I AM not a teacher, but am in daily close contact with many of them. One and all are grateful to T. Rigby (March 1) for courage in writing about the difficulties being imposed on teachers by the supporters of the so-called new theology.
All most teachers want and need is to be able to teach the faith to children in a way which will make them love it and live it. New catechetical methods are one thing; new doctrine is quite another.
If the representatives of the Catechetical Centres had confined themselves to methods of teaching they would have been well within their sphere of duty—but they can have no authority from anybody to teach what I consider false doctrine.
Older teachers find the new interpretation of doctrine an implicit criticism and rejection of all they have lovingly done over the years; younger teachers and children are so confused that many are in peril of losing their faith or of not developing it at all.
The matter is one of the utmost gravity. It calls for rapid, drastic action by the Hierarchy.
E. Metcalf Kirkby. Lancs.
THE letter published in your paper last week from T. Rigby will do much to clear the air. Over the past months numerous priests, religious superiors, teachers and parents have been in touch with me over each of the points of doctrine mentioned in the letter.
If it initiates a dialogue stamped by truth, charity and moderation it will more than have achieved its purpose.
(Rev.) Francis J. Ripley Liverpool (The above letters are representative of many received on this matter.)
Wily should not everything be Catholic in the CAI-Holm HERALD? Why do the cartoons appear so anti-Catholic? What can be the point of the joke about the commander of the Papal Guard asking for volunteers for the Salvation Army? Is this preaching indifferentism, that one religion is as good as another? Is this the way to make conversions?
The cartoon of what appears to be Roman nobles sitting on a Cardinal's cappa magna also seems very pointless. Do you want to abolish the attendance of nobles at the Vatican? If so, at least you should conform to some aspect of truth and not accuse nobles of precisely one of the things that they are unlikely to do. A member of the Maltese nobility told me that their duties at the Vatican are tiring because they have to STAND so much.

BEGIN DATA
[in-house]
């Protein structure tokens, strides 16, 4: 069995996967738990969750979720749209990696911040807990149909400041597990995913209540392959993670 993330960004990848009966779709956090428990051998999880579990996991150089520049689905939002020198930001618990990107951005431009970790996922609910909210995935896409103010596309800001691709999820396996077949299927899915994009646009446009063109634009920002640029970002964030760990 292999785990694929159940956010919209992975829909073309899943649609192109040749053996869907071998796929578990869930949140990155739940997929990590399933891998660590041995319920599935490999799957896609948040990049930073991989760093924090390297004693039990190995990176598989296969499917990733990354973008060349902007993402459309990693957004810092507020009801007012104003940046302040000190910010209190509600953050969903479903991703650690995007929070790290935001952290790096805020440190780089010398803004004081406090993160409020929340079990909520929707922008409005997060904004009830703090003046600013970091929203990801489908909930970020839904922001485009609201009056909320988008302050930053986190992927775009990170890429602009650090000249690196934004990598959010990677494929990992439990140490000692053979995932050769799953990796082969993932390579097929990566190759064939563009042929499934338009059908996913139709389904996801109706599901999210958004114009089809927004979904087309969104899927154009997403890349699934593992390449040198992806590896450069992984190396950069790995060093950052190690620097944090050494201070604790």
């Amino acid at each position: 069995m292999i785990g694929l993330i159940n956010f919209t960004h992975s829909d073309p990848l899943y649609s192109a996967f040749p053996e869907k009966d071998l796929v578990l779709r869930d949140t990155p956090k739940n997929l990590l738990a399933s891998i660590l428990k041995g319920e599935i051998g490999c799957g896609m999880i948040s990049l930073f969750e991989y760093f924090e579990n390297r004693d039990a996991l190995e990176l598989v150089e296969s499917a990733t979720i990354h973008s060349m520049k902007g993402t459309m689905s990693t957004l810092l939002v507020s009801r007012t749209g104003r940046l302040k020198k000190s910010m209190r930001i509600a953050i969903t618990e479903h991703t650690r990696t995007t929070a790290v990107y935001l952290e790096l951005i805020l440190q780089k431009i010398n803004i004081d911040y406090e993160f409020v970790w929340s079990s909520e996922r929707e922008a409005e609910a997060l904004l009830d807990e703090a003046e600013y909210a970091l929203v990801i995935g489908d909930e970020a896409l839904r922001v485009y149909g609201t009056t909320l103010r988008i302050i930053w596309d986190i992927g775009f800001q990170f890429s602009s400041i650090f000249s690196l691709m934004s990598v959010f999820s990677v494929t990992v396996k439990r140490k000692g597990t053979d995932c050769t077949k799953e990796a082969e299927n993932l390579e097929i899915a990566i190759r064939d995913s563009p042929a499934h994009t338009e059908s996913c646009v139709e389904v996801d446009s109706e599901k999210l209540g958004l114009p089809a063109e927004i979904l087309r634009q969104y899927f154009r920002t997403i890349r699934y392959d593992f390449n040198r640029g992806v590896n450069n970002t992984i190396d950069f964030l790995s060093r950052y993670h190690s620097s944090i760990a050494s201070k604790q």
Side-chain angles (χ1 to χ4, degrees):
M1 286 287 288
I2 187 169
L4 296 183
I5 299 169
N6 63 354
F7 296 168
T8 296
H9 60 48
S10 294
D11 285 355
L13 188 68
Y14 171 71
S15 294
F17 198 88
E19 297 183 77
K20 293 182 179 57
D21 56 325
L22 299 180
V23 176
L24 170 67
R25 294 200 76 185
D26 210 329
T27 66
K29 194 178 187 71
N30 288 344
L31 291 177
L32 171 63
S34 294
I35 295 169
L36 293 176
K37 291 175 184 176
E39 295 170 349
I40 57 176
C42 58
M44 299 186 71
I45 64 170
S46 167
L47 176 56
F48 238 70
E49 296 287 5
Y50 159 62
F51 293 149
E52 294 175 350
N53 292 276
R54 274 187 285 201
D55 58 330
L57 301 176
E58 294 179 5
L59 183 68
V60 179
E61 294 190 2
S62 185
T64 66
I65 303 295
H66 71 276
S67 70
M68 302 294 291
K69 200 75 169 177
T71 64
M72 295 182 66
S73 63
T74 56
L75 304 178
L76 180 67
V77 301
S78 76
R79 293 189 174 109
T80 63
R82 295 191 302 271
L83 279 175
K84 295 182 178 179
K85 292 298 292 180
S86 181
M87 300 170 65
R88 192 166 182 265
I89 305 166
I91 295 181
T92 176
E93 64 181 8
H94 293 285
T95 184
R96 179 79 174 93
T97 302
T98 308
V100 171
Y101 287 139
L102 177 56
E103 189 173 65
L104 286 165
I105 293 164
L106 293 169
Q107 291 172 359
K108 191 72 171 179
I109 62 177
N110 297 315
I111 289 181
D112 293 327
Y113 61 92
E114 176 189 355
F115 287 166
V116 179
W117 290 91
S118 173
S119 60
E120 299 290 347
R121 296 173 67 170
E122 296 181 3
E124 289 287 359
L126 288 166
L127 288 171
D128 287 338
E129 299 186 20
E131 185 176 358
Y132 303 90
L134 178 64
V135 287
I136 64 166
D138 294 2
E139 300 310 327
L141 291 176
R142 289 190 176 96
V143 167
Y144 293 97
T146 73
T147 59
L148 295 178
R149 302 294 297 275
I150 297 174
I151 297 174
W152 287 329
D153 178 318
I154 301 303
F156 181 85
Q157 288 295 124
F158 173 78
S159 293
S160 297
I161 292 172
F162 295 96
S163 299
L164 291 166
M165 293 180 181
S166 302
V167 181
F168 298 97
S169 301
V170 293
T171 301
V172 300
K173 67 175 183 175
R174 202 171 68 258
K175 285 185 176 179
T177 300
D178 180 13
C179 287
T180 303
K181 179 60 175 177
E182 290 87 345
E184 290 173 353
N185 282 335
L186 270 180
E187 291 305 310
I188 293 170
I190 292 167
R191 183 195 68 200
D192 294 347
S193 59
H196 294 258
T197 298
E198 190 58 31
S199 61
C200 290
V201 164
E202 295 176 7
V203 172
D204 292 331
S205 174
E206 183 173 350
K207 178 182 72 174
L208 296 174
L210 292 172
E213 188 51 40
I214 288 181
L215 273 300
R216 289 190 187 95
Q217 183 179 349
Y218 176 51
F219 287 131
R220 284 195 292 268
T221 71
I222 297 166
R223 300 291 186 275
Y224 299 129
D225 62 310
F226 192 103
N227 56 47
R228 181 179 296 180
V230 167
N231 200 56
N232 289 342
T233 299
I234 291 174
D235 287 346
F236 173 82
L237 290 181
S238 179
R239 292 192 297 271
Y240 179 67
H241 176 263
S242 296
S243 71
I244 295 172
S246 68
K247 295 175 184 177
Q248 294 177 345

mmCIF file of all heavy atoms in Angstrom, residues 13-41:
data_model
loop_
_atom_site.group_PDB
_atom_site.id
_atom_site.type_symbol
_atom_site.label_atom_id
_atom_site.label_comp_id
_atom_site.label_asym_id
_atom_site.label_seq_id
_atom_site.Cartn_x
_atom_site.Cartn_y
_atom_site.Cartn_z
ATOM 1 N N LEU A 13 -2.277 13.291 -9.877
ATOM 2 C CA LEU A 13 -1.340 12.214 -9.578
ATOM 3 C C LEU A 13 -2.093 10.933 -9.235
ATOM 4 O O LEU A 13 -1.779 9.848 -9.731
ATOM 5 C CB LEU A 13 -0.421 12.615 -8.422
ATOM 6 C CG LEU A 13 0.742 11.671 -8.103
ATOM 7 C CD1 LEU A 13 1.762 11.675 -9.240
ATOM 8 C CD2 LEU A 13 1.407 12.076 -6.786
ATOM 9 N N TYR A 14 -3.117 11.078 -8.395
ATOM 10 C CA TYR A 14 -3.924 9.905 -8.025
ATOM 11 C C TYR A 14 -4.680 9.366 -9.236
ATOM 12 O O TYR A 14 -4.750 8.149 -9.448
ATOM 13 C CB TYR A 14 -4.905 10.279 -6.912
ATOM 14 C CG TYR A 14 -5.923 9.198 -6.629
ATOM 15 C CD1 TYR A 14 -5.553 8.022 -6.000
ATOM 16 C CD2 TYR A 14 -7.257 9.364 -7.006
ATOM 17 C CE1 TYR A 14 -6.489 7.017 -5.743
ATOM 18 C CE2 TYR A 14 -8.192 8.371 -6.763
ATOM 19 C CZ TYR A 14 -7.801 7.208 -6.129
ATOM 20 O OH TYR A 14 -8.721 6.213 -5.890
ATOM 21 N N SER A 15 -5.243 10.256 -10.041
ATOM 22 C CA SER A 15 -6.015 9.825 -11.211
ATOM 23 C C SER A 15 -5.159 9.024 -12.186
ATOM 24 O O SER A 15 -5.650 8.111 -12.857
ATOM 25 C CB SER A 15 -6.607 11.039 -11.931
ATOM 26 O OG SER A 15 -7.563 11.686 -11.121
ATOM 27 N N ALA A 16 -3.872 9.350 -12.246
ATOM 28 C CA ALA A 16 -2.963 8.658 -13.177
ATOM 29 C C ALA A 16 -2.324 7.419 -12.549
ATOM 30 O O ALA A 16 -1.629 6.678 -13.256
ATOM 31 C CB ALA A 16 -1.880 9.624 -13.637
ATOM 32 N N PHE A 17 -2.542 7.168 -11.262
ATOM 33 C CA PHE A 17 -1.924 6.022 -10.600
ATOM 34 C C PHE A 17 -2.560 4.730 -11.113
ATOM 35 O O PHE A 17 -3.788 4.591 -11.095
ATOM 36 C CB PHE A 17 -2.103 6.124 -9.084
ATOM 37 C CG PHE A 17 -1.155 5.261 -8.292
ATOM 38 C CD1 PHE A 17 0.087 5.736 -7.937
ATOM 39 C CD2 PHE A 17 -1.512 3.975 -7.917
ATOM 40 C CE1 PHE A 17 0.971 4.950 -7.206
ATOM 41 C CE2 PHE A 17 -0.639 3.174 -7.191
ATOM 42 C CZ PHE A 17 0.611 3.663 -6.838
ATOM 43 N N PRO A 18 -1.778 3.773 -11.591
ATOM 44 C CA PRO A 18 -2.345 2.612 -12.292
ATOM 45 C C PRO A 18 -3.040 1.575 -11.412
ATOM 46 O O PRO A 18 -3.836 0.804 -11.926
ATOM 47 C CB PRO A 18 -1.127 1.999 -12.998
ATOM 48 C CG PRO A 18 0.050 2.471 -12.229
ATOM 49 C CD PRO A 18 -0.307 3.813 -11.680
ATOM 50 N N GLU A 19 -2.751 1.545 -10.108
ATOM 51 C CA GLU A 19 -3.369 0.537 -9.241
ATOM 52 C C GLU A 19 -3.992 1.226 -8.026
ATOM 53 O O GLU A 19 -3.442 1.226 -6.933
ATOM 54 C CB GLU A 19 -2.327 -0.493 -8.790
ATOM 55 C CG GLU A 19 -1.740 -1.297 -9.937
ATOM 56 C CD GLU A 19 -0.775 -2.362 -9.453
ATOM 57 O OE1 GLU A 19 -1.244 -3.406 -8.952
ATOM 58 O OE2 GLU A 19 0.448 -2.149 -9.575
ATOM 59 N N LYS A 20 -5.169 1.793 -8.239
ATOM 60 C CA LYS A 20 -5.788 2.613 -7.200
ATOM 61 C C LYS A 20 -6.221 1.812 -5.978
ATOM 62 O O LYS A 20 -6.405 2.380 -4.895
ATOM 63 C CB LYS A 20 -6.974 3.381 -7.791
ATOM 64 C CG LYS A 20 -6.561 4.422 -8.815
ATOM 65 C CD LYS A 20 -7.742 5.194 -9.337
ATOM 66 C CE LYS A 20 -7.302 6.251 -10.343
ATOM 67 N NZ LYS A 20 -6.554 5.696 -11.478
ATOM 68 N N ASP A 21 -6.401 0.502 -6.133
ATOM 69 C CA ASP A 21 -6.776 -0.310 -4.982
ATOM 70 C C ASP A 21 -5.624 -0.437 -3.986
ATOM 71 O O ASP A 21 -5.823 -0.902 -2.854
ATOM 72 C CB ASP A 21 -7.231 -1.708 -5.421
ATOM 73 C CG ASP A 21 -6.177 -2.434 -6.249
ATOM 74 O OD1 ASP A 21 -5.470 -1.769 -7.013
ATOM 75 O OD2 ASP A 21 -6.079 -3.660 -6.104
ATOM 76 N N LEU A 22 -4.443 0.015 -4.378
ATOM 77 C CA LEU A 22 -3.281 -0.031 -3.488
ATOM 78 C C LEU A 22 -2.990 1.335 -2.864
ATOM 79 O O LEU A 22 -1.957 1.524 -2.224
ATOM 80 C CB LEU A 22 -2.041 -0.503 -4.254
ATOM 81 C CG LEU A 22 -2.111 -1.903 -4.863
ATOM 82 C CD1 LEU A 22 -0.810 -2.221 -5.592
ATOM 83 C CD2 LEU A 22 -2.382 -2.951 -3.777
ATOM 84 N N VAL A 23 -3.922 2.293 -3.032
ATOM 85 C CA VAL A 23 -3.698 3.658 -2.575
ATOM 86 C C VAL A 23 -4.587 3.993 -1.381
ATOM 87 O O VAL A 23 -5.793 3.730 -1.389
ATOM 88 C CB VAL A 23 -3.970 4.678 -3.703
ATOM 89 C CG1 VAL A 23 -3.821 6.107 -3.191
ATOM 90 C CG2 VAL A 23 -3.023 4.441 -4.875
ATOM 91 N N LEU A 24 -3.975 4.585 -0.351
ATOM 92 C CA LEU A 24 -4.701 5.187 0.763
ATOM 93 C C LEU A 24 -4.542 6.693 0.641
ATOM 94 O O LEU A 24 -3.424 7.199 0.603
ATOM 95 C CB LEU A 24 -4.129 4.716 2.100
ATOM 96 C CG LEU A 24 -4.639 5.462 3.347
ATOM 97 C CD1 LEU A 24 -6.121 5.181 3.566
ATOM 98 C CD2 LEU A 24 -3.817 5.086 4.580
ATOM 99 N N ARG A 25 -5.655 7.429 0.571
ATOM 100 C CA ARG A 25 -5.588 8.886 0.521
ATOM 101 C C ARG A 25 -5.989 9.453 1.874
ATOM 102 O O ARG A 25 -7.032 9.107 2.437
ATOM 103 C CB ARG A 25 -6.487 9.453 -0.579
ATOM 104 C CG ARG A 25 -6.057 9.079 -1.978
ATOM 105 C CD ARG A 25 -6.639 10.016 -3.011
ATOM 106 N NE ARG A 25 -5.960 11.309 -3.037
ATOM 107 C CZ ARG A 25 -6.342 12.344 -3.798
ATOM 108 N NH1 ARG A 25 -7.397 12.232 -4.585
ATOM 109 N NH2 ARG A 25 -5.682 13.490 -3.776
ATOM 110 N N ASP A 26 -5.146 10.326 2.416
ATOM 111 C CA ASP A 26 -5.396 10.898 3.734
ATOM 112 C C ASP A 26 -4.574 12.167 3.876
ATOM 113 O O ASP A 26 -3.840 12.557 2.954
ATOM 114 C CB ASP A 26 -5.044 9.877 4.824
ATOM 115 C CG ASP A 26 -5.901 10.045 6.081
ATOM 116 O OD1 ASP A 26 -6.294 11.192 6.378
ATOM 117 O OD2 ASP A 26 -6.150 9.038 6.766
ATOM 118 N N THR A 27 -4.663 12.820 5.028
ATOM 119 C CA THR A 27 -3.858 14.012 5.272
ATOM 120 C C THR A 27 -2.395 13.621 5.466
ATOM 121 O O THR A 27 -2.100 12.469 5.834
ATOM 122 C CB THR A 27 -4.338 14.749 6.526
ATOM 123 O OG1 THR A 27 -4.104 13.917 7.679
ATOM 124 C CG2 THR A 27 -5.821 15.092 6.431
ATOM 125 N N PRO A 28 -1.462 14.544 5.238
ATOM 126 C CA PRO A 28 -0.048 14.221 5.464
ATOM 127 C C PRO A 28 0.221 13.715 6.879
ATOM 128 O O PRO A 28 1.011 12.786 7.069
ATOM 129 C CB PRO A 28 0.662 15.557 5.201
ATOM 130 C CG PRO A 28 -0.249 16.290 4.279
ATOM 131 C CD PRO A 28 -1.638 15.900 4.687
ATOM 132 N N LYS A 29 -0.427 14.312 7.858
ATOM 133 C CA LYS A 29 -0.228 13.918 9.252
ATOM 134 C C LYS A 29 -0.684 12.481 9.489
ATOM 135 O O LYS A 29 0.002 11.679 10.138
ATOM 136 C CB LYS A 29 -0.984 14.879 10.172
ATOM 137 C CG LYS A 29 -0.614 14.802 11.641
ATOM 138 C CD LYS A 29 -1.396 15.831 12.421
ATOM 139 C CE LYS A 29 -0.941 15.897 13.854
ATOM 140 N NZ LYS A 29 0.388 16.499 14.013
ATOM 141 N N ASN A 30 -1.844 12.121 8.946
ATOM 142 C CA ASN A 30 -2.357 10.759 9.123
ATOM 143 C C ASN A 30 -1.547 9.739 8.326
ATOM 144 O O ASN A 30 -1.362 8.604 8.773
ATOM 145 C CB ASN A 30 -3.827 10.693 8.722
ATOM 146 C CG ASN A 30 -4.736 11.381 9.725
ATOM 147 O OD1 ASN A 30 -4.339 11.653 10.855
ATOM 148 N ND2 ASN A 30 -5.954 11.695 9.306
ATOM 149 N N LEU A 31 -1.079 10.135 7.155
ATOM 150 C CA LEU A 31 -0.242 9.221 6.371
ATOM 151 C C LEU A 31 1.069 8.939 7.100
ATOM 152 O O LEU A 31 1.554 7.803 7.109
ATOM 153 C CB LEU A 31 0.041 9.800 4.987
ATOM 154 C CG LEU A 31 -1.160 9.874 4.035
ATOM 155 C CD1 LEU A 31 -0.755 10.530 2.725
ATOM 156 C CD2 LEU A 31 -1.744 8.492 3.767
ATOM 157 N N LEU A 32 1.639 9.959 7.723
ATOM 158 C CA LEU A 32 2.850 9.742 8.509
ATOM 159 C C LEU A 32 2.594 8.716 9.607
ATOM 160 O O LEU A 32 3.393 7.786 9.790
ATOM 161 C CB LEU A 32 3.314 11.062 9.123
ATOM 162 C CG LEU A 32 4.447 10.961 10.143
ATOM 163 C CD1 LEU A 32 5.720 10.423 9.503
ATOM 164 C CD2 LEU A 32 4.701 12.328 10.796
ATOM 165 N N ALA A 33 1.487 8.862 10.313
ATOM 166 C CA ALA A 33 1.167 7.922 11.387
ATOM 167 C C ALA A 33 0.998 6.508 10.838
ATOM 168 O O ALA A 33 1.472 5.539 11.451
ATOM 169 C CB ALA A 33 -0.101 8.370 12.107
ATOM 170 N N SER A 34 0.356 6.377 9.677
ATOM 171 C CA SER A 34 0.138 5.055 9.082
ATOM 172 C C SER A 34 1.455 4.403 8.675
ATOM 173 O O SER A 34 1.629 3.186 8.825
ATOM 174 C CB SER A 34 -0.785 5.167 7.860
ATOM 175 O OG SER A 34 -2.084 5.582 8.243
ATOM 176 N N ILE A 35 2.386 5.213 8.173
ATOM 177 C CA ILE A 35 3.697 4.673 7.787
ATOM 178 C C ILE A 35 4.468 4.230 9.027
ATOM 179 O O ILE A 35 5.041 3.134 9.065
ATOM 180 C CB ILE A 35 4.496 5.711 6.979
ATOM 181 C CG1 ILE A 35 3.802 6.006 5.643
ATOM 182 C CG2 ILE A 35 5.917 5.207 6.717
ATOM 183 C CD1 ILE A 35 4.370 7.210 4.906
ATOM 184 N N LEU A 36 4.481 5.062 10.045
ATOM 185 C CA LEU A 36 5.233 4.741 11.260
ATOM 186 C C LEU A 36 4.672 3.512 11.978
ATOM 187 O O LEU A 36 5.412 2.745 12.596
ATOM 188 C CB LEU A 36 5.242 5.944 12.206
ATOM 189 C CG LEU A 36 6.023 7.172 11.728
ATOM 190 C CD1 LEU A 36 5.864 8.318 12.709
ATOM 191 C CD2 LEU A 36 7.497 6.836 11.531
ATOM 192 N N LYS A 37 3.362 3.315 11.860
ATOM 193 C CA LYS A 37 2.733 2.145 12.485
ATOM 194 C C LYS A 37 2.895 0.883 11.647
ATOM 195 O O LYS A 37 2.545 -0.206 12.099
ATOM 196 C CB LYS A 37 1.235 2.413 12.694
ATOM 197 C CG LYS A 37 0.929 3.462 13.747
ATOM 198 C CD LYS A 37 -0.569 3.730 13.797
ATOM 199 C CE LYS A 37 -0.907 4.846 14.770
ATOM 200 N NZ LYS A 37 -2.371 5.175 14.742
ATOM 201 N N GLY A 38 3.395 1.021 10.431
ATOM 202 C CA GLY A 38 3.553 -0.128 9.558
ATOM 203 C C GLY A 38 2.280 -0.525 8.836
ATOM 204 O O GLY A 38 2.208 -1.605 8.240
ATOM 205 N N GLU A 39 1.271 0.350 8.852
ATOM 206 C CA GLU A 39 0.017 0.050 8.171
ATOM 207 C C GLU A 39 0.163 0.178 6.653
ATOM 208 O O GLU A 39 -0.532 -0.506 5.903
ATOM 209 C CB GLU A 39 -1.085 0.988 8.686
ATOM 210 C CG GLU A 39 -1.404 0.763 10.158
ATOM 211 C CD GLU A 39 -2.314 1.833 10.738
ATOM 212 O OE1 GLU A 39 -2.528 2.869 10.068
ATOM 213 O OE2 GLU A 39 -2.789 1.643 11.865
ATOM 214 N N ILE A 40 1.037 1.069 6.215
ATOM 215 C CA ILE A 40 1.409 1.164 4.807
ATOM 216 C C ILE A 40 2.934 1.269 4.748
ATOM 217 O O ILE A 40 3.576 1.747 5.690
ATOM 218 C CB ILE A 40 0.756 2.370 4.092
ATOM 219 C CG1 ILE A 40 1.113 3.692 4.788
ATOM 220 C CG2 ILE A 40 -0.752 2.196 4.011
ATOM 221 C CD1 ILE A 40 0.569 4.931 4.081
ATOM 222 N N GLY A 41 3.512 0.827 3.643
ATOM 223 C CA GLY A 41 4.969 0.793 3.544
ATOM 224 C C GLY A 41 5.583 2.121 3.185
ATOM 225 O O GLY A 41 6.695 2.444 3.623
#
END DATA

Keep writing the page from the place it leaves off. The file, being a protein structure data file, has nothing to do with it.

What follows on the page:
Again I see no point in the cartoon about Cardinals smuggling sterling through the customs. Are you so desperately anxious to lower the reputation of the princes of the Church? Another cartoon shows a Cardinal warning the Archbishop of Canterbury what he says in a sermon on account of Mr. Muggeridge.
Are we supposed to believe that sermons are to please men or God? Perhaps your humour is understood by the English, but as a Scot I understand nothing of this so-called "merriment". As Catholic means universal, is it right that your humour should be so exclusive?
Ian G. Macnair-Smith Madrid
IN his interesting account (February 23) of the proposal to move part of St. Edmund's College from Old Hall Green to London your reporter suggests that the buildings other than the chapel are "of little architectural interest." That may well have been A. W. N. Pugin's view, but in these days of wider architectural ap
preciation, especially o f Georgian buildings, such a statement certainly needs challenging.
Though somewhat gaunt, and despite internal changes, the original block, by John Taylor of Islington who also designed the very similar first block at Ushaw, is of real dignity and was, when built between 1796 and 1799, the most ambitious Catholic building to arise in England since the easing of the penal laws.
As such, it is an important link with the immediately postpenal period, reminding us that the revival of Catholic architecture in this country started in Georgian, not in Victorian, times.
Bryan Little Bristol